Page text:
Listeria monocytogenes represent a universal, fast-growing, gram-positive bacterium with a diverse ecological niche and host range. Infection of humans and animals with this microorganism is traced to contaminated foods and can lead to a serious (often lethal) disease known as listeriosis. There are also other species of the Listeria genus; however, their link to human disease is tenuous.
Disease-causing properties of Listeria monocytogenes can be traced to the ability of this bacterium to induce its own uptake by host cells, followed by replication within those cells and direct transfer to another cell. Since Listeria remains within host cells, it can spread throughout the body while protecting from many host defenses – including antibodies.
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Invasion, spread and virulence factors of Listeria
Listeria ingested with food is taken up by enterocytes or M-cells in the small intestinal lining, where they multiply in underlying phagocytic cells. Soon after entry into the cytosol, Listeria induces the polymerization of host actin filaments via ActA protein and uses the force generated by actin polymerization to move – first intracellularly, and then from cell to cell.
From the intestine, bacteria are then carried in macrophage cells to the liver and spleen, where most of them are destroyed by neutrophils acting in concert with Küpffer cells. Some of them can escape into the cytosol by employing the pore-forming protein listeriolysin O.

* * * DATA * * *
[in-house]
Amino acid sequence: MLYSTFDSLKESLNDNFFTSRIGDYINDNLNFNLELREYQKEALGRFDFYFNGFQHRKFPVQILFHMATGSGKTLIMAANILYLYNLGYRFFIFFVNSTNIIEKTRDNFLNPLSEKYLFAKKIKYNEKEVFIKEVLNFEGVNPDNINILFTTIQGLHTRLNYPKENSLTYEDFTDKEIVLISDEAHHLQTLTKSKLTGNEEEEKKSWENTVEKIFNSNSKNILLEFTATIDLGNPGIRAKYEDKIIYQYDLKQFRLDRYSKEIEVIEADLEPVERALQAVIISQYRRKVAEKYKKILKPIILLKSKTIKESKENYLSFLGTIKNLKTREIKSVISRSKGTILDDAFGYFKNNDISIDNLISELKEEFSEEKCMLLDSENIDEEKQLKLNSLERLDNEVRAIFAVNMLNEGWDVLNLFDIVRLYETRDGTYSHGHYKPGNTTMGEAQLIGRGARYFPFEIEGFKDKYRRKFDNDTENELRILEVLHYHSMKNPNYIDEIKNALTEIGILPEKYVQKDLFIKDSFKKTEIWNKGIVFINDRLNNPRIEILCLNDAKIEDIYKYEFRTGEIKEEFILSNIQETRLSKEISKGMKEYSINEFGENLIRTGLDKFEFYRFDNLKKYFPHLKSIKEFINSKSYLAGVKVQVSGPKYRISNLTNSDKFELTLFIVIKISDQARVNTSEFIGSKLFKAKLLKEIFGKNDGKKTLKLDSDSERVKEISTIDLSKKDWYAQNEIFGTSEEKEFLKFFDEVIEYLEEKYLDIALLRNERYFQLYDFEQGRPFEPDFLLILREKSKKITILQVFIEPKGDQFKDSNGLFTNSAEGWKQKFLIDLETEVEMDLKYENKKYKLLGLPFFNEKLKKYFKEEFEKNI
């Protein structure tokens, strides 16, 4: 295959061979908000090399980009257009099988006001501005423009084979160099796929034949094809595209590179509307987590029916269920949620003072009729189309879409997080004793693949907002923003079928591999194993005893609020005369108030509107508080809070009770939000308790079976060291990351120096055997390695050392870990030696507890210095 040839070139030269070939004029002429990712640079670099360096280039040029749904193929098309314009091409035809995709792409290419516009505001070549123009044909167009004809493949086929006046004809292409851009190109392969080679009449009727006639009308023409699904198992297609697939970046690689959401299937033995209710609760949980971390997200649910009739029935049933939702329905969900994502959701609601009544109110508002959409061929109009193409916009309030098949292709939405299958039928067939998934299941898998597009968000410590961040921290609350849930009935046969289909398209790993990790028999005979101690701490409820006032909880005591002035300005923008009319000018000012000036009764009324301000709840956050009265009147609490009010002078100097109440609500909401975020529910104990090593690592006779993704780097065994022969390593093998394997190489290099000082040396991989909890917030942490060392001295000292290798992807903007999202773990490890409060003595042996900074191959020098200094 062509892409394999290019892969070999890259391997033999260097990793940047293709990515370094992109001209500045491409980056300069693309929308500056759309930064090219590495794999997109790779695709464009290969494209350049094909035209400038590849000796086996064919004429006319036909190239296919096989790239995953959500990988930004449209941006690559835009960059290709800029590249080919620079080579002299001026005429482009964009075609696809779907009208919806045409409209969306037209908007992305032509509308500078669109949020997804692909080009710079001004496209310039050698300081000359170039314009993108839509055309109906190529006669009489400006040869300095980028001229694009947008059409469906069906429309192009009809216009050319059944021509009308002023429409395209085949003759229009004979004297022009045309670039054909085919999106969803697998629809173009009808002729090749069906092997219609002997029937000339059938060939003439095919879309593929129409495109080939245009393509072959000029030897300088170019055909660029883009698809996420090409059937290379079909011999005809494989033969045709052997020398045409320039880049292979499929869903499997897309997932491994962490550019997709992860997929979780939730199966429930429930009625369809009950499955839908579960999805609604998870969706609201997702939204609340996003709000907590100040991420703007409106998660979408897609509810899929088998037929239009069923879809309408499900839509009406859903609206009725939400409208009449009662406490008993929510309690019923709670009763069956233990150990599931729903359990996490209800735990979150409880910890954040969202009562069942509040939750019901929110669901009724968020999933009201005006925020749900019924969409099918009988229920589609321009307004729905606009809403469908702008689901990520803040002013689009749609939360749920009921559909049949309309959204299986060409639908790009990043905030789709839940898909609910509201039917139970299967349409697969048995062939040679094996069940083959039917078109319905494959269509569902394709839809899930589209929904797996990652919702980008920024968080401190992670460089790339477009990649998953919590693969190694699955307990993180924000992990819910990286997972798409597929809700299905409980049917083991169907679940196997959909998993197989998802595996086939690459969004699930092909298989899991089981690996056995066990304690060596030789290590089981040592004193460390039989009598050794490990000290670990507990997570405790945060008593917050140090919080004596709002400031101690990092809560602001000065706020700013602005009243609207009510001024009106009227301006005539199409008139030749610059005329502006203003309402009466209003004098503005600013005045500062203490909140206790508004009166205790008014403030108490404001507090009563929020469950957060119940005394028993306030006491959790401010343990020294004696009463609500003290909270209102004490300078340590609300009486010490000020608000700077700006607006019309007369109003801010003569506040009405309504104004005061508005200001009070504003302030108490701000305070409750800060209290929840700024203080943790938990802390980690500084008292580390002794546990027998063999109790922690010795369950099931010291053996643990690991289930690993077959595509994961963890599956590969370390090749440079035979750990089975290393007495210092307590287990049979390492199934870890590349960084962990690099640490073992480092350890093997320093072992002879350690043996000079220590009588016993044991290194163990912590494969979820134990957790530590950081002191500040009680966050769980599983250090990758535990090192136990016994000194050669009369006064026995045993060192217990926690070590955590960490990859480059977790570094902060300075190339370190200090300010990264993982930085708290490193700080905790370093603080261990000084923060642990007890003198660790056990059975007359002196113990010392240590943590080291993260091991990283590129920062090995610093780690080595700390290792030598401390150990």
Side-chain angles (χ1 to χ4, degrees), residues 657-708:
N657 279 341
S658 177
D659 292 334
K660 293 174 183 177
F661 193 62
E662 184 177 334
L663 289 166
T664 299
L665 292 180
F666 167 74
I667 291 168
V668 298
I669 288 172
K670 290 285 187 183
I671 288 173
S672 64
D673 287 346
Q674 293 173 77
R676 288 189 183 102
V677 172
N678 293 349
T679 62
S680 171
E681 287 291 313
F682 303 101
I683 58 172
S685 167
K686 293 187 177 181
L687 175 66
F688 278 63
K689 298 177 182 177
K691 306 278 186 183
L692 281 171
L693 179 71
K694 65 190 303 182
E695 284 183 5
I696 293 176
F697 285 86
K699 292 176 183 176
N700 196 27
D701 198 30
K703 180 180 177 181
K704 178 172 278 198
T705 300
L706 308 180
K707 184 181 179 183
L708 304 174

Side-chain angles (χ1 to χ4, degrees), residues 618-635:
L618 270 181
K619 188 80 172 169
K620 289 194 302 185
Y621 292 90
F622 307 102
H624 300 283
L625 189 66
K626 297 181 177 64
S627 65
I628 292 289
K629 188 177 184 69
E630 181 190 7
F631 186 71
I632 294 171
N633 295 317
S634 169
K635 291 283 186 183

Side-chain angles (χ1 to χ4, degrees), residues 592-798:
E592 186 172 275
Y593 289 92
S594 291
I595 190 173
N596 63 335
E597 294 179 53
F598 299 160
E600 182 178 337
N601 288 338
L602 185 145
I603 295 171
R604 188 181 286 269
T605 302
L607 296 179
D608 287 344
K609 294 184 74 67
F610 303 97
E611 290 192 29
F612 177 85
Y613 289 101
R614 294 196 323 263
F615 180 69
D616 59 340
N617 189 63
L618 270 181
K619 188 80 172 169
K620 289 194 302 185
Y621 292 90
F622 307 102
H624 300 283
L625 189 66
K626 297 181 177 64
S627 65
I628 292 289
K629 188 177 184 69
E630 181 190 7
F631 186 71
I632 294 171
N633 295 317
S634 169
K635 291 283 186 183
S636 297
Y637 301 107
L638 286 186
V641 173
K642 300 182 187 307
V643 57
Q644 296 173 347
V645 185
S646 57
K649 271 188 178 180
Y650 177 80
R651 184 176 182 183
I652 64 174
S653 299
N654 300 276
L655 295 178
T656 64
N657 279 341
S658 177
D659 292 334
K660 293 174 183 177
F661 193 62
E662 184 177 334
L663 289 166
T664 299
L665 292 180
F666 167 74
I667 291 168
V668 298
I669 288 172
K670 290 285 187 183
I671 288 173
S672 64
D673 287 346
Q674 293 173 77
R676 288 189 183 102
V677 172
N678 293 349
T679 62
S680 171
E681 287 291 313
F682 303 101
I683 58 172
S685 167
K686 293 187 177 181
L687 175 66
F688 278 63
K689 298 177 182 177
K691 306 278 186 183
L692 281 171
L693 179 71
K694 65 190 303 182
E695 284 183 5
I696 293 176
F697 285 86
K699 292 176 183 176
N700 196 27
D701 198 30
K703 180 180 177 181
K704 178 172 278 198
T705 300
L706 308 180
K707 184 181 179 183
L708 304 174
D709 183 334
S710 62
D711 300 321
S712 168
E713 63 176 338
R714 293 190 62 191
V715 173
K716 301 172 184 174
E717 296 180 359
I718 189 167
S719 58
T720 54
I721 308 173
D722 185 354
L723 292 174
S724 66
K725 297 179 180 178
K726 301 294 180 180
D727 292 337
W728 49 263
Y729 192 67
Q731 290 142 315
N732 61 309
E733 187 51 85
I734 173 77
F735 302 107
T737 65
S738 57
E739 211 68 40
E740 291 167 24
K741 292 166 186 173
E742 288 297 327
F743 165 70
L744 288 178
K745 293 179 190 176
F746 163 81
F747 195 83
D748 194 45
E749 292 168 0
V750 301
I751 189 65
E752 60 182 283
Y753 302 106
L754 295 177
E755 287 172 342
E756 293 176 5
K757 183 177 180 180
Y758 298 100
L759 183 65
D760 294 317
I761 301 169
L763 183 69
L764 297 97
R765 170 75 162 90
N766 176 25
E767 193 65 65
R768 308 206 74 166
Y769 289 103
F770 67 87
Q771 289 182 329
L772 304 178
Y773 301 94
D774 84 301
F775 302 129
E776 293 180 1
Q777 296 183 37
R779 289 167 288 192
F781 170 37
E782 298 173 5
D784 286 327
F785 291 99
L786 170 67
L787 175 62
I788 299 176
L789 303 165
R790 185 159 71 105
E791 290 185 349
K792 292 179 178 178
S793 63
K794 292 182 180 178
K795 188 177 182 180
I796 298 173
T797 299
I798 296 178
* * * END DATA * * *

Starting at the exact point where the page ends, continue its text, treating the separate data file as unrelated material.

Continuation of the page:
If the T cell–mediated immune response of the host is inadequate, Listeria monocytogenes can multiply in hepatocytes and macrophages freely, able to reach various organs via blood – particularly the brain or uterus right through the blood–brain barrier or the placental barrier.
Such pathogenicity of Listeria is supported by a highly complex and coordinated intracellular life cycle that is composed of several crucial steps: host cell adhesion and invasion, intracellular multiplication and motility, and intercellular spread. The completion of each stage is dependent on the orchestrated activity of specialized bacterial virulence factors.
Factors involved in the intracellular cycle are tightly controlled by a specific PrfA protein, which is in turn regulated by different mechanisms operating at the transcriptional, translational and post-translational levels. Additionally, other regulatory mechanisms have also been described, such as sigma factor, antisense RNA and system VirR/S (although PrfA is still the most important control mechanism).
Listeriosis usually most often presents as febrile gastroenteritis, which is a self-limited disease that does not necessitate antimicrobial treatment. After an incubation period of 6–49 hours (median 25 hours), most patients present with fever, diarrhea, abdominal pain, headache, chills and myalgias.
On the other hand, infection in pregnancy can result in invasive listeriosis. A majority of affected women present with a bacteremic illness consisting of fever, chills, headache and leukocytosis, with a period of unspecific illness before diagnosis. Complications such as spontaneous abortion or stillbirth may ensue in approximately 20% of women.
Up to two-thirds of surviving neonates born to mothers with listeriosis develop neonatal listeriosis, classified as either early (i.e. occurring in the first seven days) or late infection. In some newborns, the disease manifests as granulomatosis infantiseptica with widespread microabscesses and granulomas – especially in the liver, spleen and lungs.
Central nervous system infections are one of the most serious manifestations of listeriosis. Listeria monocytogenes may cause meningitis accompanied by seizures, or rhomboencephalitis (an infection of the brain stem). Data from experiments on mice revealed that infection travels along peripheral nerves to reach the central nervous system.